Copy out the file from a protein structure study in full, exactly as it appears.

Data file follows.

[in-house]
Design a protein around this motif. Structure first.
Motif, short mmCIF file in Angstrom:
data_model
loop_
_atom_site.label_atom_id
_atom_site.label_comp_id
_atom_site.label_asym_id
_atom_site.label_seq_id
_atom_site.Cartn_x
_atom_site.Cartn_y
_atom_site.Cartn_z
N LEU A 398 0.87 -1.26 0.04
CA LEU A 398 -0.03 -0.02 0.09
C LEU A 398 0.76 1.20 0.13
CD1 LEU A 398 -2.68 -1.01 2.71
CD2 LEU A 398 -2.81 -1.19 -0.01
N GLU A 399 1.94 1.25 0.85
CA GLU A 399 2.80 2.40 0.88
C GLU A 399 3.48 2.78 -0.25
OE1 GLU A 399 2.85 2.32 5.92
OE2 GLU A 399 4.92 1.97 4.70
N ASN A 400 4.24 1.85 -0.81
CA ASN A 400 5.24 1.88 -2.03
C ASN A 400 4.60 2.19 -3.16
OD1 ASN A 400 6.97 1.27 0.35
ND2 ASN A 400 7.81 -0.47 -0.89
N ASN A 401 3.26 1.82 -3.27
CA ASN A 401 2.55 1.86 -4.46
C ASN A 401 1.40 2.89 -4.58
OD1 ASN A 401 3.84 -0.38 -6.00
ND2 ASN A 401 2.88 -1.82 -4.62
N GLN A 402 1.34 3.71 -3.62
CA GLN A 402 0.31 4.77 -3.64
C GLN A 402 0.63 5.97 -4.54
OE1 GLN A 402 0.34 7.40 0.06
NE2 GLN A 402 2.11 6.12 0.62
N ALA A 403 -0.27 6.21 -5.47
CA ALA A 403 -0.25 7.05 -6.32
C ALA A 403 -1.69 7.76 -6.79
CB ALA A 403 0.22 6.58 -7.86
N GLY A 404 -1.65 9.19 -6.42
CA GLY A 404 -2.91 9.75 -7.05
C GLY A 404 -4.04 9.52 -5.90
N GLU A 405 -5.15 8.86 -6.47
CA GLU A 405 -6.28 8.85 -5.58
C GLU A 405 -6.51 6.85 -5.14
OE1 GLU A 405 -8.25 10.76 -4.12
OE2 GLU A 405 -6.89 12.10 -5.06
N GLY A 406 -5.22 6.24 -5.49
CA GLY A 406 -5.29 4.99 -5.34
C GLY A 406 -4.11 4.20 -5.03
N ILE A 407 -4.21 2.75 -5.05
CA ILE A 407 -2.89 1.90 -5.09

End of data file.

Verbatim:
[in-house]
Design a protein around this motif. Structure first.
Motif, short mmCIF file in Angstrom:
data_model
loop_
_atom_site.label_atom_id
_atom_site.label_comp_id
_atom_site.label_asym_id
_atom_site.label_seq_id
_atom_site.Cartn_x
_atom_site.Cartn_y
_atom_site.Cartn_z
N LEU A 398 0.87 -1.26 0.04
CA LEU A 398 -0.03 -0.02 0.09
C LEU A 398 0.76 1.20 0.13
CD1 LEU A 398 -2.68 -1.01 2.71
CD2 LEU A 398 -2.81 -1.19 -0.01
N GLU A 399 1.94 1.25 0.85
CA GLU A 399 2.80 2.40 0.88
C GLU A 399 3.48 2.78 -0.25
OE1 GLU A 399 2.85 2.32 5.92
OE2 GLU A 399 4.92 1.97 4.70
N ASN A 400 4.24 1.85 -0.81
CA ASN A 400 5.24 1.88 -2.03
C ASN A 400 4.60 2.19 -3.16
OD1 ASN A 400 6.97 1.27 0.35
ND2 ASN A 400 7.81 -0.47 -0.89
N ASN A 401 3.26 1.82 -3.27
CA ASN A 401 2.55 1.86 -4.46
C ASN A 401 1.40 2.89 -4.58
OD1 ASN A 401 3.84 -0.38 -6.00
ND2 ASN A 401 2.88 -1.82 -4.62
N GLN A 402 1.34 3.71 -3.62
CA GLN A 402 0.31 4.77 -3.64
C GLN A 402 0.63 5.97 -4.54
OE1 GLN A 402 0.34 7.40 0.06
NE2 GLN A 402 2.11 6.12 0.62
N ALA A 403 -0.27 6.21 -5.47
CA ALA A 403 -0.25 7.05 -6.32
C ALA A 403 -1.69 7.76 -6.79
CB ALA A 403 0.22 6.58 -7.86
N GLY A 404 -1.65 9.19 -6.42
CA GLY A 404 -2.91 9.75 -7.05
C GLY A 404 -4.04 9.52 -5.90
N GLU A 405 -5.15 8.86 -6.47
CA GLU A 405 -6.28 8.85 -5.58
C GLU A 405 -6.51 6.85 -5.14
OE1 GLU A 405 -8.25 10.76 -4.12
OE2 GLU A 405 -6.89 12.10 -5.06
N GLY A 406 -5.22 6.24 -5.49
CA GLY A 406 -5.29 4.99 -5.34
C GLY A 406 -4.11 4.20 -5.03
N ILE A 407 -4.21 2.75 -5.05
CA ILE A 407 -2.89 1.90 -5.09